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Scalia: No falling out with Roberts over health care

Before the Supreme Court’s decision on the health-care law, Justice Ruth Bader Ginsburg warned not to believe rumors of what the court was going to do.

She subscribed to the principle that those who know about the court’s decisions before they are announced don’t talk, and those who talk don’t know, she said.

Justice Antonin Scalia added his own twist Wednesday night as he denied reports that the conservative justices have had a falling out with Chief Justice John G. Roberts Jr. over his vote to uphold the individual mandate, the key element of the Affordable Care Act.

“You shouldn’t believe what you read about the court in the newspapers, because the information has either been made up or given to the newspapers by somebody who is violating a confidence, which means that person is not reliable,” Scalia said during an interview on CNN’s Piers Morgan Tonight.

“So you’ve had no falling out with Justice Roberts?” Morgan asked.

“I’m not going to talk about — no, I haven’t had a falling out with Justice Roberts,” Scalia responded.

“Best buddies?” Morgan followed up.

“My best buddy on the court is Ruth Bader Ginsburg, has always been,” Scalia answered.

Scalia was on the program to promote a new book, “Reading Law: The Interpretation of Legal Texts.” It is the second book that he has written with co-author Bryan A. Garner.

Scalia had apparently told Morgan beforehand he would not discuss the court’s decisions from last term.

Since the court’s 5-to-4 decision last month upholding President Obama’s health-care overhaul, there have been reports of a struggle among the conservative justices and that Roberts switched his vote during the private deliberations. The most detailed reports have come from CBS’s Jan Crawford, who has written a book about the court that’s well-received in the conservative legal community.

Scalia dodged most of Morgan’s questions about criticism of Roberts from conservatives.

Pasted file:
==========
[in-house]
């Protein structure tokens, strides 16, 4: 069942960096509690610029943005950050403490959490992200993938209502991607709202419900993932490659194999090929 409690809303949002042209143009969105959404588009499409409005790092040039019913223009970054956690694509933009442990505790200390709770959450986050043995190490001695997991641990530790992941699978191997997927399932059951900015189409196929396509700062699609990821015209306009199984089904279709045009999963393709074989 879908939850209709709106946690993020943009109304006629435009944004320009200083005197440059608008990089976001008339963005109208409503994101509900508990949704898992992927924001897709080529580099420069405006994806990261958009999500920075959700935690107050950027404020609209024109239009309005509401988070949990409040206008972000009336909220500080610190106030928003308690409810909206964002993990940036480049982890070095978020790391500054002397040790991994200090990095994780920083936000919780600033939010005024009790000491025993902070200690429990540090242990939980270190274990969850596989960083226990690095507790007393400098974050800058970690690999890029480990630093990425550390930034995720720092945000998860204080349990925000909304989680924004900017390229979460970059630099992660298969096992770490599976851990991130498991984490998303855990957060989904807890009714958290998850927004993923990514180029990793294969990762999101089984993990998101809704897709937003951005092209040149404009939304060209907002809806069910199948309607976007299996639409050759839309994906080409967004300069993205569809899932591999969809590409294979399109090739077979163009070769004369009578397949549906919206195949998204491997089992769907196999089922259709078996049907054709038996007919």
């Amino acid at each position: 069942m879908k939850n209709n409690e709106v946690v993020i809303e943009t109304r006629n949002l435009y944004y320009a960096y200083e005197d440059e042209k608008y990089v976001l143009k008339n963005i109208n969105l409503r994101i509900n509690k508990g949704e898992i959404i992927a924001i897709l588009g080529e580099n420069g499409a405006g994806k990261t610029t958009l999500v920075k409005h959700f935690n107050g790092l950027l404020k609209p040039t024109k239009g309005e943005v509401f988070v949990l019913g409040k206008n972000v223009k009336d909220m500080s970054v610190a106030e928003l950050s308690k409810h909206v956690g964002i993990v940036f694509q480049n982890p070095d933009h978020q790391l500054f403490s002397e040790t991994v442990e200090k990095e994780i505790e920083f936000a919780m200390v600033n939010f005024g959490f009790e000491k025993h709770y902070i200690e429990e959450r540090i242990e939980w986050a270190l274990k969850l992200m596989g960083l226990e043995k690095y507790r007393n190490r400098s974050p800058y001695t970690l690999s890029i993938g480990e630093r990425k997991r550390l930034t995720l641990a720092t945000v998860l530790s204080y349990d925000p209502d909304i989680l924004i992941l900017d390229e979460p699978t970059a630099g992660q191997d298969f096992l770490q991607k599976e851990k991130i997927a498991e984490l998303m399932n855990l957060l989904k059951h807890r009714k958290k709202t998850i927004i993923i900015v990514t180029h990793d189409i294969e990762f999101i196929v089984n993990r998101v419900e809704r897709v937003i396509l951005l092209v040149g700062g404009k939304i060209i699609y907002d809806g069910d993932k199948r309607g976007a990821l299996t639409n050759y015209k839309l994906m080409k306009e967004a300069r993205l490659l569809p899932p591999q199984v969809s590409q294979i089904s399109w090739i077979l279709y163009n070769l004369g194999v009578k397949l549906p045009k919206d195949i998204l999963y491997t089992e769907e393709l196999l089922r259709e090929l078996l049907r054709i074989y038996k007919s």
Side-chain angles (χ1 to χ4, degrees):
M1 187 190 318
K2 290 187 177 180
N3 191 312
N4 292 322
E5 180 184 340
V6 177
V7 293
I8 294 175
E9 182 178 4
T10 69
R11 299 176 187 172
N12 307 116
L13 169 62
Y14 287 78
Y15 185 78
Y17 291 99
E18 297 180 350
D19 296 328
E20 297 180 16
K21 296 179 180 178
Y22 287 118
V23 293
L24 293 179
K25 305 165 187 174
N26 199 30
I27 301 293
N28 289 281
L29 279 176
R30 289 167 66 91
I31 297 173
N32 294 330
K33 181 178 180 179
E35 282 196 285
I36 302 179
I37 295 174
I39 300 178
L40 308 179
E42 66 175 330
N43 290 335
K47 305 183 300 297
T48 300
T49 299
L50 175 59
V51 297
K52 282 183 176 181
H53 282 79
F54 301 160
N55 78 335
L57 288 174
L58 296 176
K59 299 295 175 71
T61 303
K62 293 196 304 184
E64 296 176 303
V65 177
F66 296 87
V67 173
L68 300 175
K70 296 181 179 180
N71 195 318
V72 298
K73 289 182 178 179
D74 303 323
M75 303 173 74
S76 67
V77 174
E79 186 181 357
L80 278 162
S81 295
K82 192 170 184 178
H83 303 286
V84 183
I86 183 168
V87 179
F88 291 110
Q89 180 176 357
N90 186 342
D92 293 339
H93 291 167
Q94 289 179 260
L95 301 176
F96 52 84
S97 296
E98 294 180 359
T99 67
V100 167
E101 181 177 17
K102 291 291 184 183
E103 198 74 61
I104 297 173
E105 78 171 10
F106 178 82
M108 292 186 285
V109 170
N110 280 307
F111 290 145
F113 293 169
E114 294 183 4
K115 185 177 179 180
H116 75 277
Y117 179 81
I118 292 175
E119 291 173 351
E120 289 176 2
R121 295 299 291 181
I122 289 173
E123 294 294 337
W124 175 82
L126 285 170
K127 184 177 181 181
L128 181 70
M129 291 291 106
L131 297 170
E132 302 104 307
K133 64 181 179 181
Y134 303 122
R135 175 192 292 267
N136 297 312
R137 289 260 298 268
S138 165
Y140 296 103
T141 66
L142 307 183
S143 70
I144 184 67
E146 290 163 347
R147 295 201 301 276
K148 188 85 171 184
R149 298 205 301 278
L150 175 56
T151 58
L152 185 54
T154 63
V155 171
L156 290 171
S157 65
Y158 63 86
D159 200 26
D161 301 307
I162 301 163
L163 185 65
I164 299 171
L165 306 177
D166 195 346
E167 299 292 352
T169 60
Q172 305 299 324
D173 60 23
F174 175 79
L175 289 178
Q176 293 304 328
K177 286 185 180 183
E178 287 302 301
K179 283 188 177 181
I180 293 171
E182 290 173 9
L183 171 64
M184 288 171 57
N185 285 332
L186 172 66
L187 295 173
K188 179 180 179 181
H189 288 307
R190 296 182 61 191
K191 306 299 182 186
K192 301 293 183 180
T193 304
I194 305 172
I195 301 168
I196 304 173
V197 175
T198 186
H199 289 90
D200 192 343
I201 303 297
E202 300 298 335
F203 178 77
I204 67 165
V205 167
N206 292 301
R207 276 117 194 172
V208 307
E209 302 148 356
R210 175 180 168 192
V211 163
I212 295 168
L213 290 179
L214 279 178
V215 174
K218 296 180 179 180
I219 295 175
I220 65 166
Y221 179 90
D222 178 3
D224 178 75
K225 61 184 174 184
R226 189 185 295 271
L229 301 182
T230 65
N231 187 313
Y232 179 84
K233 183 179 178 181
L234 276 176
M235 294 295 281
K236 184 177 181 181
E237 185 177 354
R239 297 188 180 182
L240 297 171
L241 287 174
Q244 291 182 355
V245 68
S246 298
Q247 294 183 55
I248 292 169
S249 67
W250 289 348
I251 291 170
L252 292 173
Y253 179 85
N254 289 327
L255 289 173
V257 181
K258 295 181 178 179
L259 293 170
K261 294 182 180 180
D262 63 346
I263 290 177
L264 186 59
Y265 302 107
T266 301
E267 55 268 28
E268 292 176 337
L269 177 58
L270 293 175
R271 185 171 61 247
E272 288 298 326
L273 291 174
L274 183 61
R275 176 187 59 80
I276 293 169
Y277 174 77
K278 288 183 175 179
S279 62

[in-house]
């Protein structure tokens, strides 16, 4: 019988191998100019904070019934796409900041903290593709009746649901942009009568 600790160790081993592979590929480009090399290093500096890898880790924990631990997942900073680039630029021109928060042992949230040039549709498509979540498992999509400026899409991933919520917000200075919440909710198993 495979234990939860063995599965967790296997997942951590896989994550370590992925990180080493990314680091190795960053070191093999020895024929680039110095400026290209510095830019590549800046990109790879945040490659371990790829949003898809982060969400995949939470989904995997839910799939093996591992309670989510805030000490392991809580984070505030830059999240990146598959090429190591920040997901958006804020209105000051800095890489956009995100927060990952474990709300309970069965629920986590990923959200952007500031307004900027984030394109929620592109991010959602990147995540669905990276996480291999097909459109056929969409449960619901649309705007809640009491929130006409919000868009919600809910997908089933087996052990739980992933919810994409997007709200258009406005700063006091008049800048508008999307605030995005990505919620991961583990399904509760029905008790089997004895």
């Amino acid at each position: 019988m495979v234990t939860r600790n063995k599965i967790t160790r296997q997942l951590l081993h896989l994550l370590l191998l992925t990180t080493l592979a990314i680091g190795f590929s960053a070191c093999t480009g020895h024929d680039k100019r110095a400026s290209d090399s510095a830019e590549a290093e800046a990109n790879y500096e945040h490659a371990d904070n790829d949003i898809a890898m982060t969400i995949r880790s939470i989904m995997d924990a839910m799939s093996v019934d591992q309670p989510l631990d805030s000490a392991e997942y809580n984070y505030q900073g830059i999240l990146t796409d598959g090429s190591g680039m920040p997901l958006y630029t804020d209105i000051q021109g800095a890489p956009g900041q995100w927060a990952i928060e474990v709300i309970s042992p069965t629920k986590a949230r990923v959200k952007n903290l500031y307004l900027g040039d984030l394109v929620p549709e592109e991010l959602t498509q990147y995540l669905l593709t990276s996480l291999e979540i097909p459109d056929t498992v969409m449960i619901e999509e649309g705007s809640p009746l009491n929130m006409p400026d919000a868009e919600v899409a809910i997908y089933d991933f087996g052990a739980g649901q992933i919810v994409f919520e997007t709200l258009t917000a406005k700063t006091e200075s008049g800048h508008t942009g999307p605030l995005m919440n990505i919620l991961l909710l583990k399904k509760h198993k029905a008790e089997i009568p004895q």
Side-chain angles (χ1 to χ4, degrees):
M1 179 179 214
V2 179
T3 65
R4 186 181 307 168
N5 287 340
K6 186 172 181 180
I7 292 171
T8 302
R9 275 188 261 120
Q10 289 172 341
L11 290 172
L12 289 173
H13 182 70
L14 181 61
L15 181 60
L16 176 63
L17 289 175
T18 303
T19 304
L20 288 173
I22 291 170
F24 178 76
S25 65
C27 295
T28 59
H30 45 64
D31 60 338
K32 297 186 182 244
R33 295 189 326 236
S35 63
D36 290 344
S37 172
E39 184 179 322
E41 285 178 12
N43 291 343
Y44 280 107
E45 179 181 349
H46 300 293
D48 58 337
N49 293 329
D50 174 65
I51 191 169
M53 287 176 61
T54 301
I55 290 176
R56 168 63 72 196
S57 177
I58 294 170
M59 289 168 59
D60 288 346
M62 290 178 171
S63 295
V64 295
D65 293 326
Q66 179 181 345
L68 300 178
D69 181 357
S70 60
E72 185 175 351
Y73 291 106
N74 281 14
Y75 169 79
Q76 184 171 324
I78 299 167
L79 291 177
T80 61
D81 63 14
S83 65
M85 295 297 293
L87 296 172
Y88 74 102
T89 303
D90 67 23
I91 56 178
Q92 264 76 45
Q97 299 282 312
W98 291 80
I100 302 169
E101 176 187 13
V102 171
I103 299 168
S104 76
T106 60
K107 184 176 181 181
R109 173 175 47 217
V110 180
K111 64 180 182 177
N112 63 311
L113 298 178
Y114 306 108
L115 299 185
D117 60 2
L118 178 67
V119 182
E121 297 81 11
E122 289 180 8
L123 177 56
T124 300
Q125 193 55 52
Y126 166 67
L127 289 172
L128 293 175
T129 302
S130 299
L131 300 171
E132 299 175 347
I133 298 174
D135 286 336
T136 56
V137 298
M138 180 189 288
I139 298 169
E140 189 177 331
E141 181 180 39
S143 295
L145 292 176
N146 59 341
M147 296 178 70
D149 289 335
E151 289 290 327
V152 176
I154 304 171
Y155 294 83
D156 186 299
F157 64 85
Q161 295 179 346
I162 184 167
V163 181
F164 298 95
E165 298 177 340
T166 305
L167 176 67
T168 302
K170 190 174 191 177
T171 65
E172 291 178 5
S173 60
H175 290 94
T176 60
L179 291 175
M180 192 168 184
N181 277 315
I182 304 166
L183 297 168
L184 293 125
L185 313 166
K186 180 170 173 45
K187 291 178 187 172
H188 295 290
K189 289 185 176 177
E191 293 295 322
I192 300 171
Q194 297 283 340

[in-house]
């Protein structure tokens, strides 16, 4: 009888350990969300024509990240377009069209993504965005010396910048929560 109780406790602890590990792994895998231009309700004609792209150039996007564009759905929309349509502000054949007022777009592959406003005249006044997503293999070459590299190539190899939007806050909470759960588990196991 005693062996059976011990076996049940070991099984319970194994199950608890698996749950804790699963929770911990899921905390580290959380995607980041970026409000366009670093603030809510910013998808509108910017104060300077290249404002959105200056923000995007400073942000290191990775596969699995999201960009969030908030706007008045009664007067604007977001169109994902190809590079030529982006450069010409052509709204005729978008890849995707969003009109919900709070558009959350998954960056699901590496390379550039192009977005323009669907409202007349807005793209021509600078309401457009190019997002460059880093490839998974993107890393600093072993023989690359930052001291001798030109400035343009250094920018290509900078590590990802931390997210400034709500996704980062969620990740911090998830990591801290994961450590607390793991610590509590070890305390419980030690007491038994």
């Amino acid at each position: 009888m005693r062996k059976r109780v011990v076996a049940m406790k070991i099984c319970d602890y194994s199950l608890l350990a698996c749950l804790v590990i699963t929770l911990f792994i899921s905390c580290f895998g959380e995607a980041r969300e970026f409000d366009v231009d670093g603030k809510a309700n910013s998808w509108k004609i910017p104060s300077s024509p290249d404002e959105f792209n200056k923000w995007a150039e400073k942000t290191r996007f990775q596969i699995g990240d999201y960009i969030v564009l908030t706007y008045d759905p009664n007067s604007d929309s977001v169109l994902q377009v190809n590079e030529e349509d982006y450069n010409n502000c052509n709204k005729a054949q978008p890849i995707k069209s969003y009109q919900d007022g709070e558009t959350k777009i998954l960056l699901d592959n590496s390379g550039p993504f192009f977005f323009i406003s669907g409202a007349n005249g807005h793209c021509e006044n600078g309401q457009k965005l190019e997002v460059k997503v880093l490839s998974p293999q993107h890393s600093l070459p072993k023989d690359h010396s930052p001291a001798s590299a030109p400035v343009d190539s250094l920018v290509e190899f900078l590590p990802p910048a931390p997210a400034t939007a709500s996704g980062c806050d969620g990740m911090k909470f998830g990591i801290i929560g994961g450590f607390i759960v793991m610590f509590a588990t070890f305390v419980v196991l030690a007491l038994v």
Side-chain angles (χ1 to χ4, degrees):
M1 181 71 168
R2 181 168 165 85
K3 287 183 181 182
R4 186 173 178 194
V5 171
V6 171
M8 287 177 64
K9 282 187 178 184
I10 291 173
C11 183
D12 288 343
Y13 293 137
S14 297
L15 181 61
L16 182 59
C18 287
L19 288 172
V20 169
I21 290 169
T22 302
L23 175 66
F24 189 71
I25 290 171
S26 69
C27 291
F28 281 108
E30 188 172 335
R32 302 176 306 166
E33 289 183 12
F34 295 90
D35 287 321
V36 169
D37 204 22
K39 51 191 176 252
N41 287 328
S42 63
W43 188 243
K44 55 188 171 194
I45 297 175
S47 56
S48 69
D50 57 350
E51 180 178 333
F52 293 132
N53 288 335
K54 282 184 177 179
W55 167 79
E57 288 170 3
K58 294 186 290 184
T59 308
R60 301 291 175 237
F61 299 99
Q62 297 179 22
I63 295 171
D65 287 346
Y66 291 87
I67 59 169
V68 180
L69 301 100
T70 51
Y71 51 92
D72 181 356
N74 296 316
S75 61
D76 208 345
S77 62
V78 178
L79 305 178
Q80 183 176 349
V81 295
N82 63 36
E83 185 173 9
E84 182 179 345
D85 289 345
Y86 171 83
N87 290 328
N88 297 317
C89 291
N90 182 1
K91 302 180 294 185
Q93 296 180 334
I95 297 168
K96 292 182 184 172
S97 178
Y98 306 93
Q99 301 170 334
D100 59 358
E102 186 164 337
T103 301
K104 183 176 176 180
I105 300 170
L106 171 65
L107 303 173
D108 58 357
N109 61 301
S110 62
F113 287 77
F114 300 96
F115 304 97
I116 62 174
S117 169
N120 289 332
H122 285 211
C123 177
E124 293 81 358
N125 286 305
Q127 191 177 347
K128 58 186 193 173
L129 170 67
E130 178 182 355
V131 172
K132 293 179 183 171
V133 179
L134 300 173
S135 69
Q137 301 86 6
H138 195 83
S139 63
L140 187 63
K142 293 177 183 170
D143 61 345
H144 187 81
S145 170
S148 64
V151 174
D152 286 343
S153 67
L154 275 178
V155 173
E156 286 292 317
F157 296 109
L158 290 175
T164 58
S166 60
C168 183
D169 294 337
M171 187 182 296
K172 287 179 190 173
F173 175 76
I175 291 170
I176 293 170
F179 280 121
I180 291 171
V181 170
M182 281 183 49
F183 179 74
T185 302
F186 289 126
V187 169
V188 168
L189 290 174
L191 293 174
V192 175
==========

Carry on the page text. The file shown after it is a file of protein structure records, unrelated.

When Morgan asked about “Chief Justice Roberts getting criticized for being political, for being partisan,” Scalia interrupted: “I’ve been out of the country for most of that, I have to tell you.”

But Scalia did object to descriptions of the court as political. “Not a single one” of his colleagues approaches cases with a partisan eye, he said.

“I don’t think any of my colleagues, on any cases, vote the way they do for political reasons,” Scalia said. “They vote the way they do because they have their — their own — their own judicial philosophy. And they may have been selected by the Democrats because they have that . . . particular philosophy or they may have been selected by the Republicans because they have that particular judicial philosophy.

“But that is only to say that they are who they are.”

In the rest of the interview, Scalia acknowledged that Bush v. Gore was probably the most controversial decision of his time on the bench, and he repeated his oft-delivered advice that those who disagreed with the ruling should “get over it.” Newspaper investigations show that had the Supreme Court allowed the Florida recount in the 2000 presidential election to continue, Democratic nominee Al Gore “would have lost anyway.”

Scalia also defended the court’s Citizens United v. Federal Election Commission decision that said corporations and labor unions had a free speech right to spend freely for or against candidates.

When Morgan said Thomas Jefferson would have been surprised by “super PACS funded by billionaires” trying to buy elections, Scalia responded:

“I think Thomas Jefferson would have said the more speech, the better. That’s what the First Amendment is all about.”

Robert Barnes has been a Washington Post reporter and editor since 1987. He has covered the Supreme Court since November 2006.

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